Originally written 09/07/2017
When we woke on Sunday morning the little burn running alongside our house had doubled in width and now resembled more a raging torrent than the gentle babbling brook to which we’d bid good night. Gone too were the expansive open views to be replaced with low cloud and drizzle. This was all feeling a little too Welsh for my liking. Thankfully conditions had improved slightly by the time we dragged ourselves downstairs, thoroughly well rested and raring to go. We didn’t even need to discuss our plans as by tradition the first day on Mull, regardless of weather, is spent walking to Treshnish. Personally this is my favourite route on the island and manages to sum up Mull in a single eight mile loop. Big skies, dramatic coastlines, volcanic geology, raised beaches, caves, illicit whisky stills, fantastic birds and more often than not a few surprises along the way. What would be on the agenda today? Only time would tell.
Setting off we retraced our footsteps from the day before and almost immediately came across the Whinchat family. This time though they were a lot closer and after working my way through the waist high Bracken I finally got some decent shots.
Here too were the Stonechats and Whitethroats but with conditions so dull we left them in peace and continued on to the coast. Fluffy juvenile Wheatears abounded and it was good to see that their parents had passed on the instinct to flee from my camera at the earliest opportunity. Not to worry as I had eyes on a more scaly prize and was pleased to find two of yesterdays Adders sunning themselves in exactly the same spot. From as best I could tell they were the largest female and one of the males and with drizzle starting to fall once again looked anything but amused. Feeling a little more confident this time around having become familiar with their movements and abilities I leant in closer to maximise my shallow depth of field.
Feeling emboldened I pushed things a little too far and in a flash both animals were slinking off into a tangle of Heather for cover, a departing ill tempered hiss to let me know exactly what they thought of me and the weather.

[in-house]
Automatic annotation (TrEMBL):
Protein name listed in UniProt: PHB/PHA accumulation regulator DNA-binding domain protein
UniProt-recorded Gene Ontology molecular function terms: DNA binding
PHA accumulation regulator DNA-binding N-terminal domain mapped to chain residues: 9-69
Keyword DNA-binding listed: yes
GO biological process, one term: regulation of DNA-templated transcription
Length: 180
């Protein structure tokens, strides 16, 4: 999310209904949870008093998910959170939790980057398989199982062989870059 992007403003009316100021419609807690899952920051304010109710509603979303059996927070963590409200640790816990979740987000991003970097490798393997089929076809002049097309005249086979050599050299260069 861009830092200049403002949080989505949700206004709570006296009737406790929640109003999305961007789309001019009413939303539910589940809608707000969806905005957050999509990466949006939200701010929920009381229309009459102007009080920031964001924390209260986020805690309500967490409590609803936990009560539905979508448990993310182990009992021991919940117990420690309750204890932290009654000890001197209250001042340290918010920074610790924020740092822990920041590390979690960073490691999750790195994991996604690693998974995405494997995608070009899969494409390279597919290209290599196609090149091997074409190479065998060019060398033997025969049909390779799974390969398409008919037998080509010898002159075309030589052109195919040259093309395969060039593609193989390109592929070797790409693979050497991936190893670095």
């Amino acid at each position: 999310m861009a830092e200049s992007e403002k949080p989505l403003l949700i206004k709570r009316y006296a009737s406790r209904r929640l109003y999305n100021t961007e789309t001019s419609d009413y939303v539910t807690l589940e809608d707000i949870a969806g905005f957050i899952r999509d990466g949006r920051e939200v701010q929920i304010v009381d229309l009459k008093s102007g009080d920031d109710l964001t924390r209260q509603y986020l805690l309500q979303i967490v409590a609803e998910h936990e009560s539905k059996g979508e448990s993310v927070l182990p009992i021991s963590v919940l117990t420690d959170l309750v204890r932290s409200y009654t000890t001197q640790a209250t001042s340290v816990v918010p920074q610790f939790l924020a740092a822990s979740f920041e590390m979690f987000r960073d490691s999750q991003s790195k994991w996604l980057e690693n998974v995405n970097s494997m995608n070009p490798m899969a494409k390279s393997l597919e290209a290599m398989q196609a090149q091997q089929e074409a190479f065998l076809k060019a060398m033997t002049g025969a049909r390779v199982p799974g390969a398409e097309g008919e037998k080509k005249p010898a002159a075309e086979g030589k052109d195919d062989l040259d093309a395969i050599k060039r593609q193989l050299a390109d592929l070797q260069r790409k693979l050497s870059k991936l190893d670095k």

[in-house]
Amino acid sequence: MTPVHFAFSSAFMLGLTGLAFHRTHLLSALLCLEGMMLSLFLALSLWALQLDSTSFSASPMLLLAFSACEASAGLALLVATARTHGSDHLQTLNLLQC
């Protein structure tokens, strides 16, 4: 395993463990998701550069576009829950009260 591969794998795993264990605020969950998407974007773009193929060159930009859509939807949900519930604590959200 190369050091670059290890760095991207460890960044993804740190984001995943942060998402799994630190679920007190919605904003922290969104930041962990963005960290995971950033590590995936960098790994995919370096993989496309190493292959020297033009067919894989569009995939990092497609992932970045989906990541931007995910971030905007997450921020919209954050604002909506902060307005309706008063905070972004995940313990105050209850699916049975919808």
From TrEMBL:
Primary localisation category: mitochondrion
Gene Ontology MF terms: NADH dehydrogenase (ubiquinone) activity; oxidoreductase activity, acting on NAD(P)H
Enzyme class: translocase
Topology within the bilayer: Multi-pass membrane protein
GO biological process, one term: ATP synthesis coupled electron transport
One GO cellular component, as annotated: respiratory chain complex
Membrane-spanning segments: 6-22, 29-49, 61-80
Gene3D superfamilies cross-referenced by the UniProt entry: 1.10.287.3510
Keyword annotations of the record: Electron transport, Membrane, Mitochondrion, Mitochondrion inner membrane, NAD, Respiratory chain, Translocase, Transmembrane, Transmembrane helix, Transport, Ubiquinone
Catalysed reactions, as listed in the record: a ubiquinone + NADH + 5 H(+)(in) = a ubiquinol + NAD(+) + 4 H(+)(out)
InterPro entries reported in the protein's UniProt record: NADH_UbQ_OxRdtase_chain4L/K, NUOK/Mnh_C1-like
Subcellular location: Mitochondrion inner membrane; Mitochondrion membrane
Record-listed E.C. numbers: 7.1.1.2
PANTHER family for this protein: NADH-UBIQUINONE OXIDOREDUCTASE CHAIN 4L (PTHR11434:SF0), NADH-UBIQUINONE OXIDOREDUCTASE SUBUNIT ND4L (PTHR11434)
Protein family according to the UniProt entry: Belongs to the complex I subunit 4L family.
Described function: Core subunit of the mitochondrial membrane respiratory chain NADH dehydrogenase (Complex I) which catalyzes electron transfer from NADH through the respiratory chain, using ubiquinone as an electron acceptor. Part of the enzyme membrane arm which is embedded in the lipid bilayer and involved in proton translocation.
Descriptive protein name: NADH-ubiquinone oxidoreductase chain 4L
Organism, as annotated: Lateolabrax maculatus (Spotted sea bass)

Arriving at Crackaig they may have had a point. It was dull, dreary and lent the strange atmosphere that surrounds this abandoned settlement an even greater sense of melancholy than usual. It’s a lot harder to romanticise the lives of the people who once lived here on days such as this. Still, there was beauty to be found and I couldn’t resist a rare plant photo thanks to Stonecrop which seemed to be growing just about everywhere.
Having not been up here in the summer for a number of years I’d managed to forget just how busy the island can get. Granted we’re not talking Snowdon levels of absurdity but seeing more than one other person around here deserves comment. Thankfully the first gentleman we encountered was very friendly and we stopped to chat about the weather, his nearing of the summit (for we were now on our way down the steep path from Crackaig) and various other typically British small talk. Then he happened to mention that he’d seen a couple of Dolphins out in the bay and as if on cue two dorsal fins broke the surface below. Immediately I knew they were Bottle-nosed Dolphins, their size and jizz giving them away as easily as if they’d been labelled. Then came a third before one of the largest animals took four clear leaps free from the water, each time twisting so as to cause maximum splash once gravity went to work. Simply spectacular. Keen to get a little closer we bade our new companion farewell and hurried down the remaining path where we again saw a leap clear of the water before the pod calmed down and began working their way up Loch Tuath. Settling down for some lunch we watched their progress with keen interest, occasionally distracted by a passing Manx Shearwater or Gannet. Black Guillemots also made a reappearance with three off the cliffs, though significantly harder to get to than those in Oban.